Boniface of Montferrat, the leader of the crusade, was expected by both the Crusaders and Byzantines to become the new emperor after the conquest of Constantinople in 1204. However, the Venetians felt Boniface was too closely tied to the Byzantine Empire, as his brother Conrad had married into the Byzantine royal family. The Venetians wanted an emperor whom they could control more easily, and elected Baldwin of Flanders emperor of the new Latin Empire.
Boniface reluctantly accepted this, and set out to conquer Thessalonica, the second-largest Byzantine city after Constantinople. At first he had to compete with Emperor Baldwin, who also wanted the city, but Boniface won this dispute by handing over his territory on Crete to the Venetians. He then went on to capture the city later in 1204 and set up a kingdom there, subordinate to Baldwin, although the title of "king" was never officially used.
The kingdom occupied land along the Aegean coast of Thrace, Thessaly, and Macedonia, but the interior borders were undefined as the kingdom was constantly at war with the Bulgarians, who wanted to capture the remnants of the Byzantine Empire for themselves, and the Despotate of Epirus, one of the Byzantine states-in-exile trying to reconquer Constantinople. The kingdom also faced attacks from the deposed Byzantine emperor Alexius III, who had fled to Corinth, although he was quickly defeated. After this victory Boniface captured the island of Euboea and helped some other Crusaders establish the Duchy of Athens and the Principality of Achaea, which became vassal states of Thessalonica.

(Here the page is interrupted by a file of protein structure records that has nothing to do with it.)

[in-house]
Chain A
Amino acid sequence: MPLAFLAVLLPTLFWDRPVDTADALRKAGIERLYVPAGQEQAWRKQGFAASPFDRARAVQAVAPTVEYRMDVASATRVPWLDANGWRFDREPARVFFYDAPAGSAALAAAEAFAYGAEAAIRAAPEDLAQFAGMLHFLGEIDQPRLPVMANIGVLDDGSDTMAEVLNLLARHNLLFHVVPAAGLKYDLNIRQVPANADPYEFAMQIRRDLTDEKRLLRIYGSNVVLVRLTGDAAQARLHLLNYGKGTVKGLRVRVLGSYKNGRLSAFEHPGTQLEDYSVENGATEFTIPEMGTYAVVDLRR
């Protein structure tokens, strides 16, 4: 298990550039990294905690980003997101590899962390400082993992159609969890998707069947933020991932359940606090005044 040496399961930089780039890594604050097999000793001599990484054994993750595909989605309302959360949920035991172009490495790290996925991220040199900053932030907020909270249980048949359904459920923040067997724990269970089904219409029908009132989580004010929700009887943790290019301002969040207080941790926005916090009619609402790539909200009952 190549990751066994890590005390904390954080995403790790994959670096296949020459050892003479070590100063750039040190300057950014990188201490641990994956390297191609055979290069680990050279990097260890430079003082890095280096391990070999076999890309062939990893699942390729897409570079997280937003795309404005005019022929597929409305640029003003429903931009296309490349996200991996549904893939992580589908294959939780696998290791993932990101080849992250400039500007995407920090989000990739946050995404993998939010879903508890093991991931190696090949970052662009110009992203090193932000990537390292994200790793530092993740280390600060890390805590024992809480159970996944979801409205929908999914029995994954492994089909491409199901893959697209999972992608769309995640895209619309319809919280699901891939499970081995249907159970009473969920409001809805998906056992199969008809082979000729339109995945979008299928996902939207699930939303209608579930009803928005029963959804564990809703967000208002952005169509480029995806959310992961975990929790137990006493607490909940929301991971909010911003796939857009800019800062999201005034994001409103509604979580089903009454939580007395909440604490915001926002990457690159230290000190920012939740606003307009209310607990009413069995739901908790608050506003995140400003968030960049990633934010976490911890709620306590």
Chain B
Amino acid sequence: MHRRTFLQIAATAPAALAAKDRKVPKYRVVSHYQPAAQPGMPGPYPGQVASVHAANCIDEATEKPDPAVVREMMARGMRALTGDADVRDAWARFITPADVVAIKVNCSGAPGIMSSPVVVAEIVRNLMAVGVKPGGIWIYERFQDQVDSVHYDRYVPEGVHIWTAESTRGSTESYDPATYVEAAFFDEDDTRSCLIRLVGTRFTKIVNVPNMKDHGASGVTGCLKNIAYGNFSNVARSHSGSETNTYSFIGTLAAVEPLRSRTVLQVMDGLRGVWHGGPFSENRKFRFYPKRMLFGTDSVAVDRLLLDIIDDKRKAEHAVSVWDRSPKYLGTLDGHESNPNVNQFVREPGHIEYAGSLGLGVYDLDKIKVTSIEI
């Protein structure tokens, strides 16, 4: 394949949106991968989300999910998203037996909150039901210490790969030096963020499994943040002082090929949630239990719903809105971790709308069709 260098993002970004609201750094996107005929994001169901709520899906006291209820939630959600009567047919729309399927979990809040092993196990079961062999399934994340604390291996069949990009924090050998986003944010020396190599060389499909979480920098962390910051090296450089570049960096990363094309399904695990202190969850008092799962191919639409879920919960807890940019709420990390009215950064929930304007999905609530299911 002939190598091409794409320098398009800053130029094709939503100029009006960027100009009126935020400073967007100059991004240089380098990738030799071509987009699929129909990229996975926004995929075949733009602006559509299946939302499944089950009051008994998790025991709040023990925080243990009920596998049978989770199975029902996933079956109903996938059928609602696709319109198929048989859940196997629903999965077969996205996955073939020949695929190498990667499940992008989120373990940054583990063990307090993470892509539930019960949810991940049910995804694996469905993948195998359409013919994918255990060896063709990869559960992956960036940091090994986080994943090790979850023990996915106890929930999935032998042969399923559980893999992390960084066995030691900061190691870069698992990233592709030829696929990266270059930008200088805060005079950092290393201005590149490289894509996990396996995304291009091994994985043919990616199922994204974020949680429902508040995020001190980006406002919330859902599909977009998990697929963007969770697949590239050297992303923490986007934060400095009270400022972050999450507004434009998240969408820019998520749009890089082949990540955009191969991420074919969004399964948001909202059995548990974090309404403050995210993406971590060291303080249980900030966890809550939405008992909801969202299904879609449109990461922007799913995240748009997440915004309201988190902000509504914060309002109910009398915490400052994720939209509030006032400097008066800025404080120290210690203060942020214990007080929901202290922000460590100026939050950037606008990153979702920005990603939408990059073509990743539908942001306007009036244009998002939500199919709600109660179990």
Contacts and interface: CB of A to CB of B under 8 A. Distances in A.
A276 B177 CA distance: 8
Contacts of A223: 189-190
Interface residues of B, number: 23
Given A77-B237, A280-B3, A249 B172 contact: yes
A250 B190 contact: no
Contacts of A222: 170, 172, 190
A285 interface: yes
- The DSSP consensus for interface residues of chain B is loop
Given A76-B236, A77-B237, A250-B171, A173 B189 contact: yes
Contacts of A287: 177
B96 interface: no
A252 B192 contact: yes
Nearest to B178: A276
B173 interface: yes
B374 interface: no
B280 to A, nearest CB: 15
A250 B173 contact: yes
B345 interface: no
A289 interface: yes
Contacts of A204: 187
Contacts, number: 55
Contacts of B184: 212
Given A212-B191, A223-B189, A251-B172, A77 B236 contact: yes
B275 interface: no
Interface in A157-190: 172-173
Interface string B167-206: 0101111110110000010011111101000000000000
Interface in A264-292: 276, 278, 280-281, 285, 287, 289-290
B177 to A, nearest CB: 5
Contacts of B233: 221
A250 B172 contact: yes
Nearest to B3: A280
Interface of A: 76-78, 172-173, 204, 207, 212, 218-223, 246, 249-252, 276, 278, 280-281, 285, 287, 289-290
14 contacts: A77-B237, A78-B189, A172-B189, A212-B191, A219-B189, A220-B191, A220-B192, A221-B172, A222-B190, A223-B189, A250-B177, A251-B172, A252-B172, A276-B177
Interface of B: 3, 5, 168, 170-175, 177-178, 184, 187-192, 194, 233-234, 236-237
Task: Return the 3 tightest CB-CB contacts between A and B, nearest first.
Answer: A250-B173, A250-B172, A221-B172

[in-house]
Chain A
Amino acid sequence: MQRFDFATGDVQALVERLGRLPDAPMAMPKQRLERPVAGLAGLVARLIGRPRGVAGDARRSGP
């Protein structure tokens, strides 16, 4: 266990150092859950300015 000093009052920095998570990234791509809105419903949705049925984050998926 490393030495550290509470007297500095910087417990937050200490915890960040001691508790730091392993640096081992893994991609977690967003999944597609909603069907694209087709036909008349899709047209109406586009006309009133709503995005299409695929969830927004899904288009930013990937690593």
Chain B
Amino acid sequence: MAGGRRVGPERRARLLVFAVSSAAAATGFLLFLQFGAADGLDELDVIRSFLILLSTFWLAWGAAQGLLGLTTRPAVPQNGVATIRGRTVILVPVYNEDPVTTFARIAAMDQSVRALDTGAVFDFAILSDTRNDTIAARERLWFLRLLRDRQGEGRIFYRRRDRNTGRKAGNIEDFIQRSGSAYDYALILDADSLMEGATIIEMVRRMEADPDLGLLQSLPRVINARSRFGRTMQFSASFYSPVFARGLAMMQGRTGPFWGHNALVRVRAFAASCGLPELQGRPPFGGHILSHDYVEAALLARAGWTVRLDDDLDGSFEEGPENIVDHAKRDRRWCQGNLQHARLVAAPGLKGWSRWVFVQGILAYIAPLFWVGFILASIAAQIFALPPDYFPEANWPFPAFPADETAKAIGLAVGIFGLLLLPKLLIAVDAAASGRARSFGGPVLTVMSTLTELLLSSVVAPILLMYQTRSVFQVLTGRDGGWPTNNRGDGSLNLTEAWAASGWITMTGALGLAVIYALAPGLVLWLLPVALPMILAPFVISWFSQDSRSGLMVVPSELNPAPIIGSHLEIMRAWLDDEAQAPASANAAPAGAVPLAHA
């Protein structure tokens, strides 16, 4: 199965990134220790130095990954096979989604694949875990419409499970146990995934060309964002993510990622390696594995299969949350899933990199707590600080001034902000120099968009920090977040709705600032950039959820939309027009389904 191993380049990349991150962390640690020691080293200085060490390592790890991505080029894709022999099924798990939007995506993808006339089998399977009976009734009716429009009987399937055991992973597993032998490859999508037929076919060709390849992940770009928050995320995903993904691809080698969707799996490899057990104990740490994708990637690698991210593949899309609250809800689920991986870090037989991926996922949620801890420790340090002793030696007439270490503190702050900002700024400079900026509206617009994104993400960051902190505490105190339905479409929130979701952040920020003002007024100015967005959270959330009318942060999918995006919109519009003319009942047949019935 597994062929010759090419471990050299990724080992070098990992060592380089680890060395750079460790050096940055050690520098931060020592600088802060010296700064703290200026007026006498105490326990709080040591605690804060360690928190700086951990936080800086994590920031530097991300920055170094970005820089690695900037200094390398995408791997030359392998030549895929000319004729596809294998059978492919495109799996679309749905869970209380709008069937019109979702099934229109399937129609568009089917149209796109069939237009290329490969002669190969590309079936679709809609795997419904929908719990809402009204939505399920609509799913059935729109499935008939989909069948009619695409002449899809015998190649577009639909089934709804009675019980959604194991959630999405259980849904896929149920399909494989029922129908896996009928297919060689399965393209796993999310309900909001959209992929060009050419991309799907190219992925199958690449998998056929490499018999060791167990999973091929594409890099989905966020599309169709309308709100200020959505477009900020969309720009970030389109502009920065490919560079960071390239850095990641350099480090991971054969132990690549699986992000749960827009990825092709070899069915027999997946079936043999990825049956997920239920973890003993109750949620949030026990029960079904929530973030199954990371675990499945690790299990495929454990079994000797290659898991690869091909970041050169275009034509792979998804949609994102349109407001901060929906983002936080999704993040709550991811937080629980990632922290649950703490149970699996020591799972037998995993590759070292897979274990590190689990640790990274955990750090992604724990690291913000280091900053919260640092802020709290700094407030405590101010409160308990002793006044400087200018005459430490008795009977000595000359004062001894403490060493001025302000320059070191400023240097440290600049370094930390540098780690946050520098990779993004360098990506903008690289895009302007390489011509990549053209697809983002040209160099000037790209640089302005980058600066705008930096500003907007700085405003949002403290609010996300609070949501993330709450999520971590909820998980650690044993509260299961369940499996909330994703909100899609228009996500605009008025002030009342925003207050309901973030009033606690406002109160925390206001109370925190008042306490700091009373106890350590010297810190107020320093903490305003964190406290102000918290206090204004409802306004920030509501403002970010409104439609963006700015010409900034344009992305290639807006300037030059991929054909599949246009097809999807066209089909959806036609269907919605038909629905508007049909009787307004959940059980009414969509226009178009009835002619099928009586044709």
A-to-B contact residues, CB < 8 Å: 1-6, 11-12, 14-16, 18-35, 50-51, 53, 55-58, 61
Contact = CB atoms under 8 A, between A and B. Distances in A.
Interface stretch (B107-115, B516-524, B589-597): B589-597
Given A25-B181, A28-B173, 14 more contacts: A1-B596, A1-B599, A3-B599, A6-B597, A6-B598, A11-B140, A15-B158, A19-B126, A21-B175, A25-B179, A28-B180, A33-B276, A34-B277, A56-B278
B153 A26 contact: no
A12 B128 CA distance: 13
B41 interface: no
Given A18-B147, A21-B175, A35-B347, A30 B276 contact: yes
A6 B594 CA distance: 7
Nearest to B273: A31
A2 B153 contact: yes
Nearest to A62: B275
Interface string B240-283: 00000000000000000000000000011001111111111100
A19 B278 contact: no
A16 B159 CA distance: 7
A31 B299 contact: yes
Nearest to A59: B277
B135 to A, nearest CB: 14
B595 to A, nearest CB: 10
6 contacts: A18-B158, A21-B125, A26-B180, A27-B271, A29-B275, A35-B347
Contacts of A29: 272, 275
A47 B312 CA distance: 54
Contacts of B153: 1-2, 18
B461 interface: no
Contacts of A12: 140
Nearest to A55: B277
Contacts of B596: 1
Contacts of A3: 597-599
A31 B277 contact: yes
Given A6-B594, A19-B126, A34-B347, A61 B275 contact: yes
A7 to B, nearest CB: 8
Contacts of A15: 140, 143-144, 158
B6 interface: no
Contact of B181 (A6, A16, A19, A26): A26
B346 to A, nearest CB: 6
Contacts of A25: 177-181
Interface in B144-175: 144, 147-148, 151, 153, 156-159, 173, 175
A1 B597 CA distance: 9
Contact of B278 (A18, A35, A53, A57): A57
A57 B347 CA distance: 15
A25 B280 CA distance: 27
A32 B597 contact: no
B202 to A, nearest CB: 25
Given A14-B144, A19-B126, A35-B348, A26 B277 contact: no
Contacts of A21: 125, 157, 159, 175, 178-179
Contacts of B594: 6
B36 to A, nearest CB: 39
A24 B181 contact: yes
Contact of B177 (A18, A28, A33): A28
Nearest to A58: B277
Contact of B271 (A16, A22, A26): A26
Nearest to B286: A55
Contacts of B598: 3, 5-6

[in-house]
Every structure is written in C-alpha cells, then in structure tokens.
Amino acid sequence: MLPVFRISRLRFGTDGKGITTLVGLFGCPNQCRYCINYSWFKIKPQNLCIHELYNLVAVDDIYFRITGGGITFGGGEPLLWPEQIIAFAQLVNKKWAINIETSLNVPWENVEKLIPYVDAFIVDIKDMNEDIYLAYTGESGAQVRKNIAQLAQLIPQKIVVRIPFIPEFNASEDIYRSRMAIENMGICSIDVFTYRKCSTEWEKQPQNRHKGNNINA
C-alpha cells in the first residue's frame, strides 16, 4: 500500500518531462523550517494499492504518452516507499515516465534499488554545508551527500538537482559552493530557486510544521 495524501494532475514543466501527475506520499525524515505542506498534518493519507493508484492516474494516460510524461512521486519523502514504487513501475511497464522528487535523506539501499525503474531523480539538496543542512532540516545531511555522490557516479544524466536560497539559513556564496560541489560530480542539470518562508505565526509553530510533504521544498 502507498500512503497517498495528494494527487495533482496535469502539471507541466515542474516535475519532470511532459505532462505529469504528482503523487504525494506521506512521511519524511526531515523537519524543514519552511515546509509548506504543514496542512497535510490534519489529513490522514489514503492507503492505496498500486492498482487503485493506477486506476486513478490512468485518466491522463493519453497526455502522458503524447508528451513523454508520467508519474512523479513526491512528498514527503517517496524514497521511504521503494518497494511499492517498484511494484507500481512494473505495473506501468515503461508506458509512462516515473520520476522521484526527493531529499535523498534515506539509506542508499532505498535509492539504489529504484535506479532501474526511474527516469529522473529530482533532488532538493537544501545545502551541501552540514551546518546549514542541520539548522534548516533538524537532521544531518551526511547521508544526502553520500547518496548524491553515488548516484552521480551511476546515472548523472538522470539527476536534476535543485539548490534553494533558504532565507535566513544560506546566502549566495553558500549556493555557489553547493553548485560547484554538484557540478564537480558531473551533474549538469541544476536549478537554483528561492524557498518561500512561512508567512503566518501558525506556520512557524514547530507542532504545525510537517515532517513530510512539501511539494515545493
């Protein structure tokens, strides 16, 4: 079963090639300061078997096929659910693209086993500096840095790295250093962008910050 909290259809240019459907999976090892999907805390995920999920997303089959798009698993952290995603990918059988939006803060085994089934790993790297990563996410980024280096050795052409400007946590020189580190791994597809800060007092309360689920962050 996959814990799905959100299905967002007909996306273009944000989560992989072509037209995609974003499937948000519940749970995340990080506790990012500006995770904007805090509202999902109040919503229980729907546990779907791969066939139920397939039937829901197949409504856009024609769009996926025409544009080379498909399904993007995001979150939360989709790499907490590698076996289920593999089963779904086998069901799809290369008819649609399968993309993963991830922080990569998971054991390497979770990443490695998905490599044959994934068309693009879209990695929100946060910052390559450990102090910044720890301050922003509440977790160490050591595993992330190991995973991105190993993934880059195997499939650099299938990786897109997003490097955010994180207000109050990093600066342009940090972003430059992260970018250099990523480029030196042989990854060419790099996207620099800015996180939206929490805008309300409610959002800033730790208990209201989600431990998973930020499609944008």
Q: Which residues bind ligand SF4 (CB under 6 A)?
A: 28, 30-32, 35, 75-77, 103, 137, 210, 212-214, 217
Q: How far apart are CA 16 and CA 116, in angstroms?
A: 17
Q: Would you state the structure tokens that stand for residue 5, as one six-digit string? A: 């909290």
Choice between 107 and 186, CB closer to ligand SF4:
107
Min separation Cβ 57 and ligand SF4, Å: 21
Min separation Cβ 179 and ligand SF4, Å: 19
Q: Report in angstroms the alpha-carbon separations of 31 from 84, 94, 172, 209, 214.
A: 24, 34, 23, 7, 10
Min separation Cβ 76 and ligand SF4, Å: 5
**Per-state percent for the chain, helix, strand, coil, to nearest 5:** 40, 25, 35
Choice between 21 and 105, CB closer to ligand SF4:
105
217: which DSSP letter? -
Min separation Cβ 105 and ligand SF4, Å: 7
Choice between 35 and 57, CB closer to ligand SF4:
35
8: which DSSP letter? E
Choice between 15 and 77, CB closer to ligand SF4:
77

Boniface's rule lasted less than two years before he was ambushed by Kaloyan of Bulgaria and killed on September 4, 1207. The kingdom passed to Boniface's son Demetrius, who was still a child, so actual power was held by various minor nobles. These nobles immediately rebelled against the Latin Empire, but they were crushed by Emperor Henry of Flanders in 1209. Henry's brother Eustache then became regent for Demetrius. Taking advantage of this situation, Michael Ducas of Epirus, a former ally of Boniface, attacked the kingdom in 1210, as did the Bulgarians. Henry of Flanders eventually defeated both. Michael's brother Theodore continued the assault on the kingdom after Michael's death in 1215. Over the next nine years Theodore gradually conquered all of Thessalonica except the city itself, as the Latin Empire could spare no army to defend it while they were busy fighting the more powerful Byzantine state of the Empire of Nicaea. In 1224, just as Demetrius had become old enough to take power for himself, Theodore finally captured Thessalonica and the kingdom became part of the Despotate of Epirus.
Kings of Thessalonica
Titular Kings of Thessalonica